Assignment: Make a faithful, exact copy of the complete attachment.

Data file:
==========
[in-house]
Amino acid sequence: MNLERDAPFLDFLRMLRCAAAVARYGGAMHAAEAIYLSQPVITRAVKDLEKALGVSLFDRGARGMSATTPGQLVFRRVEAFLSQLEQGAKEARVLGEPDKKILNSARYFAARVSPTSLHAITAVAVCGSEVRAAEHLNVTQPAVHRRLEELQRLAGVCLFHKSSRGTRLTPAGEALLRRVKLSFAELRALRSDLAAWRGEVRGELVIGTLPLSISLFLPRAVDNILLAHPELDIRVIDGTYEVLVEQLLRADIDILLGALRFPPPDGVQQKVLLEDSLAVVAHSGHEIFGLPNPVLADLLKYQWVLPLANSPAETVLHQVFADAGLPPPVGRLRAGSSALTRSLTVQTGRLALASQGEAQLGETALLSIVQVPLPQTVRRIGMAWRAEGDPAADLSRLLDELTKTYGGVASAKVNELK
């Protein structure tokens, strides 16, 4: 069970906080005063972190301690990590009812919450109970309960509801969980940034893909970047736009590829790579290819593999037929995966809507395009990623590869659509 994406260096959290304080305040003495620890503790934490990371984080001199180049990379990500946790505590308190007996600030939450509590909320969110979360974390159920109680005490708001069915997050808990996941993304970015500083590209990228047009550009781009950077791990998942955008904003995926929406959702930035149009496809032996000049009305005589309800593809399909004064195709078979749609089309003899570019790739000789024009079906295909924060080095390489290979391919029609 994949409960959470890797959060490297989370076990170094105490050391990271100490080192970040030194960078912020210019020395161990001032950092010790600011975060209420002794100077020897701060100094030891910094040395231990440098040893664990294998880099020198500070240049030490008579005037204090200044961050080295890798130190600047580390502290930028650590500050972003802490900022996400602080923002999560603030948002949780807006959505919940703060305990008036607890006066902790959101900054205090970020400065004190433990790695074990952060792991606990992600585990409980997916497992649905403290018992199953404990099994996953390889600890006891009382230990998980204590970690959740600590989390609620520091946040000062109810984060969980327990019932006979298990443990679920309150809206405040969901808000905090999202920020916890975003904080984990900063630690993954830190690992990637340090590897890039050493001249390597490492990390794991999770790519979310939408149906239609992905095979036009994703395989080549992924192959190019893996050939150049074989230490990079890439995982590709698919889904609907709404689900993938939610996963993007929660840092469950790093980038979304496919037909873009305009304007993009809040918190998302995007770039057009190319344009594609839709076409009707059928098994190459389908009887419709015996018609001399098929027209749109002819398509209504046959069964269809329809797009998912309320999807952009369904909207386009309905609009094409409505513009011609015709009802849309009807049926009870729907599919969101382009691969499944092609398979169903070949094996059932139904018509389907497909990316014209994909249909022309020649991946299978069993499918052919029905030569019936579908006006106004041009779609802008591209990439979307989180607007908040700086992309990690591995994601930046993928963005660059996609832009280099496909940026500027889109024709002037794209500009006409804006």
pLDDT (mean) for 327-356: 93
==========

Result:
[in-house]
Amino acid sequence: MNLERDAPFLDFLRMLRCAAAVARYGGAMHAAEAIYLSQPVITRAVKDLEKALGVSLFDRGARGMSATTPGQLVFRRVEAFLSQLEQGAKEARVLGEPDKKILNSARYFAARVSPTSLHAITAVAVCGSEVRAAEHLNVTQPAVHRRLEELQRLAGVCLFHKSSRGTRLTPAGEALLRRVKLSFAELRALRSDLAAWRGEVRGELVIGTLPLSISLFLPRAVDNILLAHPELDIRVIDGTYEVLVEQLLRADIDILLGALRFPPPDGVQQKVLLEDSLAVVAHSGHEIFGLPNPVLADLLKYQWVLPLANSPAETVLHQVFADAGLPPPVGRLRAGSSALTRSLTVQTGRLALASQGEAQLGETALLSIVQVPLPQTVRRIGMAWRAEGDPAADLSRLLDELTKTYGGVASAKVNELK
């Protein structure tokens, strides 16, 4: 069970906080005063972190301690990590009812919450109970309960509801969980940034893909970047736009590829790579290819593999037929995966809507395009990623590869659509 994406260096959290304080305040003495620890503790934490990371984080001199180049990379990500946790505590308190007996600030939450509590909320969110979360974390159920109680005490708001069915997050808990996941993304970015500083590209990228047009550009781009950077791990998942955008904003995926929406959702930035149009496809032996000049009305005589309800593809399909004064195709078979749609089309003899570019790739000789024009079906295909924060080095390489290979391919029609 994949409960959470890797959060490297989370076990170094105490050391990271100490080192970040030194960078912020210019020395161990001032950092010790600011975060209420002794100077020897701060100094030891910094040395231990440098040893664990294998880099020198500070240049030490008579005037204090200044961050080295890798130190600047580390502290930028650590500050972003802490900022996400602080923002999560603030948002949780807006959505919940703060305990008036607890006066902790959101900054205090970020400065004190433990790695074990952060792991606990992600585990409980997916497992649905403290018992199953404990099994996953390889600890006891009382230990998980204590970690959740600590989390609620520091946040000062109810984060969980327990019932006979298990443990679920309150809206405040969901808000905090999202920020916890975003904080984990900063630690993954830190690992990637340090590897890039050493001249390597490492990390794991999770790519979310939408149906239609992905095979036009994703395989080549992924192959190019893996050939150049074989230490990079890439995982590709698919889904609907709404689900993938939610996963993007929660840092469950790093980038979304496919037909873009305009304007993009809040918190998302995007770039057009190319344009594609839709076409009707059928098994190459389908009887419709015996018609001399098929027209749109002819398509209504046959069964269809329809797009998912309320999807952009369904909207386009309905609009094409409505513009011609015709009802849309009807049926009870729907599919969101382009691969499944092609398979169903070949094996059932139904018509389907497909990316014209994909249909022309020649991946299978069993499918052919029905030569019936579908006006106004041009779609802008591209990439979307989180607007908040700086992309990690591995994601930046993928963005660059996609832009280099496909940026500027889109024709002037794209500009006409804006």
pLDDT (mean) for 327-356: 93